The Sweet Simplicity Of Core & Explore
The current Barron’s features an ETF roundtable where four panelists talked macro, how they use ETFs along with a few ETFs they each recommend. There was one comment in there that is worth exploring in a little more detail.
One of the participants talked about how he split his emerging market allocation between two funds. When asked why those two funds he replied;
We keep about half in funds that track our benchmark MSCI index, and the other half in an ETF that screens stocks for attractive traits—value, minimum volatility, and quality—which, we hope, can do a bit better than the benchmark.—Chris McGough, Stadion Money Management; Barron’s May 7th, 2016
This is of course a version of core and explore, in this case the asset manager was talking about two broad based funds; one market cap weighted which was the core and a factor fund which would be the explore.
In terms of portfolio construction this can go in several different but effective directions. Market cap weighted funds have their fair share of flaws (if you use cap weighted funds and don’t think they have flaws, take the time to research this) but might be the easiest way access a core position for their familiarity. The quote above refers to factor funds for explore but could also refer to smart beta (no argument from me for believing factor and smart beta are essentially the same thing) which are almost as broad based as market cap weighted. Similarly, a style fund (growth or value) could also be a broad based explore holding. Staying fairly broad based, a dividend oriented fund could also fit into the mix as well as one of the many currency hedged funds in a core/explore for foreign funds.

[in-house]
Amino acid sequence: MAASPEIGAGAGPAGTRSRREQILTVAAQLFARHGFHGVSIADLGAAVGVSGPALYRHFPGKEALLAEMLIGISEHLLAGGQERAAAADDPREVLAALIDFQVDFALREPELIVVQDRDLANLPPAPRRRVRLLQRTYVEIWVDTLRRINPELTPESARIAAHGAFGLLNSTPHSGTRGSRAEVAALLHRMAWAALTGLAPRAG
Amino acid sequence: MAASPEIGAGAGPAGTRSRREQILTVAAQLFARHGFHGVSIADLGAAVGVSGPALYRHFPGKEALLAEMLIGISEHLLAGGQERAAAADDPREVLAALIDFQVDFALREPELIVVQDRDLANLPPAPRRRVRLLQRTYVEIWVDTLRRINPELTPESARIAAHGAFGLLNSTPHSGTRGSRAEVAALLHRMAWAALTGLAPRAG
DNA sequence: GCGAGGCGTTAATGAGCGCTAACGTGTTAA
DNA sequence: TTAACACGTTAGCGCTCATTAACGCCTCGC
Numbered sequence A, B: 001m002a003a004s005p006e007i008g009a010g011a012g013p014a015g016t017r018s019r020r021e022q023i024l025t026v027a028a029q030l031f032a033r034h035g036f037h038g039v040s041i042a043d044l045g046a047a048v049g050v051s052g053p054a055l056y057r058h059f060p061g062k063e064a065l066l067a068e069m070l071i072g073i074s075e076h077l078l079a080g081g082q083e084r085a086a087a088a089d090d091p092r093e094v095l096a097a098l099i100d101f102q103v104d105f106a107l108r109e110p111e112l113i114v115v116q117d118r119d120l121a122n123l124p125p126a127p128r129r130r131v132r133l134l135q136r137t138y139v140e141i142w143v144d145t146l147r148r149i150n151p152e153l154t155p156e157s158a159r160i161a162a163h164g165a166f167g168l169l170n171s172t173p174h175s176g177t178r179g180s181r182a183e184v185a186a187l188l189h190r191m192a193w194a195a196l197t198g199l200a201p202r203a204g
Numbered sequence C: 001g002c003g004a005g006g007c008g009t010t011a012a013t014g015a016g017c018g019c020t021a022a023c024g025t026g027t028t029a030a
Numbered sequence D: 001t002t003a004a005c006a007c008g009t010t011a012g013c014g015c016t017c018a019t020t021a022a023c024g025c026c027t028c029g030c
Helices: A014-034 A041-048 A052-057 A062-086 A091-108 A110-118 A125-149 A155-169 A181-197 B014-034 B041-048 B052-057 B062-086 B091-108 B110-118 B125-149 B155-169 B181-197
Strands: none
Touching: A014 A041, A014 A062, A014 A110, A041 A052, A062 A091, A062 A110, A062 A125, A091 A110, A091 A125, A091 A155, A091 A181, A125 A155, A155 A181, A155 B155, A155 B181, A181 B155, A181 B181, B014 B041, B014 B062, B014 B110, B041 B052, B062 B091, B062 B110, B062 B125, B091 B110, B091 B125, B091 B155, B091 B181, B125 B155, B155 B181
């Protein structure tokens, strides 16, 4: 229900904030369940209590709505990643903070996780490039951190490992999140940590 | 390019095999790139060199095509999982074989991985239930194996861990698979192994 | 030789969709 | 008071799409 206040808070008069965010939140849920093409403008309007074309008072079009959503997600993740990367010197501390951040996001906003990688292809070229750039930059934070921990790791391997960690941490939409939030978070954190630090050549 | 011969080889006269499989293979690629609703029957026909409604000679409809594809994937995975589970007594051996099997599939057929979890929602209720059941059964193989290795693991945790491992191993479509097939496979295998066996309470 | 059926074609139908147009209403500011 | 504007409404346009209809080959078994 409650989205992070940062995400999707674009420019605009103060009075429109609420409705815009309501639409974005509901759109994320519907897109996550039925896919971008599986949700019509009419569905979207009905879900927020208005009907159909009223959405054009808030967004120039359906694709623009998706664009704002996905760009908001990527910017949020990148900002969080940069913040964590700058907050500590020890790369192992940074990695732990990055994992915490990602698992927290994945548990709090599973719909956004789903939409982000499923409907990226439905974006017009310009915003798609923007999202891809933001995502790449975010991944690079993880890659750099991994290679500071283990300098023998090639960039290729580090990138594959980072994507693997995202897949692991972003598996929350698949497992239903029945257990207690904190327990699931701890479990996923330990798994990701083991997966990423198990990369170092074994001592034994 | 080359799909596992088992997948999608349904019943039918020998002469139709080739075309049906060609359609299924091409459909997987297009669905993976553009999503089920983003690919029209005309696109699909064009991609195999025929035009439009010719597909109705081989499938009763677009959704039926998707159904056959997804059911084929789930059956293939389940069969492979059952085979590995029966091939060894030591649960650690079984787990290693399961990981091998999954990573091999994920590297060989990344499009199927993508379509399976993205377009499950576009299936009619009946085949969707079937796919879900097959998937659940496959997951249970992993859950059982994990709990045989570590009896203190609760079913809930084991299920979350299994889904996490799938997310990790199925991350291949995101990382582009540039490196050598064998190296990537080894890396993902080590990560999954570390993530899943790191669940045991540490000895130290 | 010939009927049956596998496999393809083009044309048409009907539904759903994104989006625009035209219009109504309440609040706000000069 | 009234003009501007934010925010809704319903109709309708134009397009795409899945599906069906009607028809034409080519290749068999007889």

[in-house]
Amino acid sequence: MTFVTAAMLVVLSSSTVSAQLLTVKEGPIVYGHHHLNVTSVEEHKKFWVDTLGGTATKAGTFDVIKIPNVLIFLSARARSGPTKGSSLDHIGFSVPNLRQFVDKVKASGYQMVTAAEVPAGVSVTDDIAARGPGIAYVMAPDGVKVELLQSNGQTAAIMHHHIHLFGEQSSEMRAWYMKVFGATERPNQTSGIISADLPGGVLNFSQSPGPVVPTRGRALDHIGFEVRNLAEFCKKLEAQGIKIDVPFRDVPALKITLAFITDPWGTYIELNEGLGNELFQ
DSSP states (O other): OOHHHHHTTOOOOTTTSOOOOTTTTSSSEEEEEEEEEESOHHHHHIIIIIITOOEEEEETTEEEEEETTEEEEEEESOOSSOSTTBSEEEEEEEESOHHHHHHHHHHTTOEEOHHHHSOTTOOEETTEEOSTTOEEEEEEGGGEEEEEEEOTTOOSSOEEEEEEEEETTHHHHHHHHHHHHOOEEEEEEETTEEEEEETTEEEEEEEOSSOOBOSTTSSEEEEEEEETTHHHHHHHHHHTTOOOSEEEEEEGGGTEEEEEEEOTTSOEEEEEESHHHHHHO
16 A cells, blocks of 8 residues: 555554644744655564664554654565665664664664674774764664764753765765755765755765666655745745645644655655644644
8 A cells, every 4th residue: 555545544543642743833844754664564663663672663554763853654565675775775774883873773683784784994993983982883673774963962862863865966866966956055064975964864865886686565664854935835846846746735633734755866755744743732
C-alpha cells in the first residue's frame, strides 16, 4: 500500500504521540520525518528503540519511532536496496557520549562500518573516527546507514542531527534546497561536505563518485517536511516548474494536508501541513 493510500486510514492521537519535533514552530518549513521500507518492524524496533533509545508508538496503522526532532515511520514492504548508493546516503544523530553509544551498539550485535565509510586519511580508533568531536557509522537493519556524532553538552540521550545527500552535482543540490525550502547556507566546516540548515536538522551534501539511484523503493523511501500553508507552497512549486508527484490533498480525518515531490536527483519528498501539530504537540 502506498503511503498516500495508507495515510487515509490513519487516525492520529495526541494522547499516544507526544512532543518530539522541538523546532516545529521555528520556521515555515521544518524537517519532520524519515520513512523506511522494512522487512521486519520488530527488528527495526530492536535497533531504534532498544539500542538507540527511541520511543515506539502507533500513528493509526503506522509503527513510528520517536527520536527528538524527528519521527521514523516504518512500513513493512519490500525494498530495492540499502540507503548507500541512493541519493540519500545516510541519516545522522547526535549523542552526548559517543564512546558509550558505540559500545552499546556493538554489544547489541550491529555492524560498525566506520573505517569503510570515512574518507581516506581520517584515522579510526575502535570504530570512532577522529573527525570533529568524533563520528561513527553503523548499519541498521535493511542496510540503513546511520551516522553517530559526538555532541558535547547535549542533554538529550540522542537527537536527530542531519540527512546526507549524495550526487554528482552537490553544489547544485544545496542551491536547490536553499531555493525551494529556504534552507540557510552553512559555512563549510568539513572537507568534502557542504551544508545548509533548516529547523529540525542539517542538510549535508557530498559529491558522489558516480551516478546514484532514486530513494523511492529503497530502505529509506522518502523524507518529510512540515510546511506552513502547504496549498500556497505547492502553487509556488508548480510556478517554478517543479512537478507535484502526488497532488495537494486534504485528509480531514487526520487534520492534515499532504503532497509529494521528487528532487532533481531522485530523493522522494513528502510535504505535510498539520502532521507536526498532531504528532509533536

Also embedded in the quote is a belief in active management. Active management of course doesn’t have to refer to a type of fund, there are countless active strategies using passive funds. I would also bring up Cullen Roche’s opinion from way back that essentially says if you have a 60/40 portfolio that you have an active portfolio because the actual makeup of global assets is less than 50% equities, closer to 40% the last time I saw Cullen write about this idea.
Explore doesn’t need to be limited to some specialized, broad based fund of course. The article also includes ETF picks that are much narrower like country funds, sector funds and industry funds. The original core and explore was about using individual stocks which I believe in doing in moderation insomuch as you have the time to devote to individual stocks.
There is an additional layer to this idea in the context of using one core fund and one explore fund for a segment of the market like emerging markets as cited in the quote above as relates to taking defensive action. I am a believer in taking defensive action based on the 200 day moving average but there are many other valid trigger points, but am not a believer in going to 100% cash. Zero exposure is just as big of a bet as 100% exposure. Selling one fund, thus cutting exposure in half makes for easy implementation of defensive positioning.
There is nothing new about this but it can be simple and effective which is a good combination for a portfolio strategy.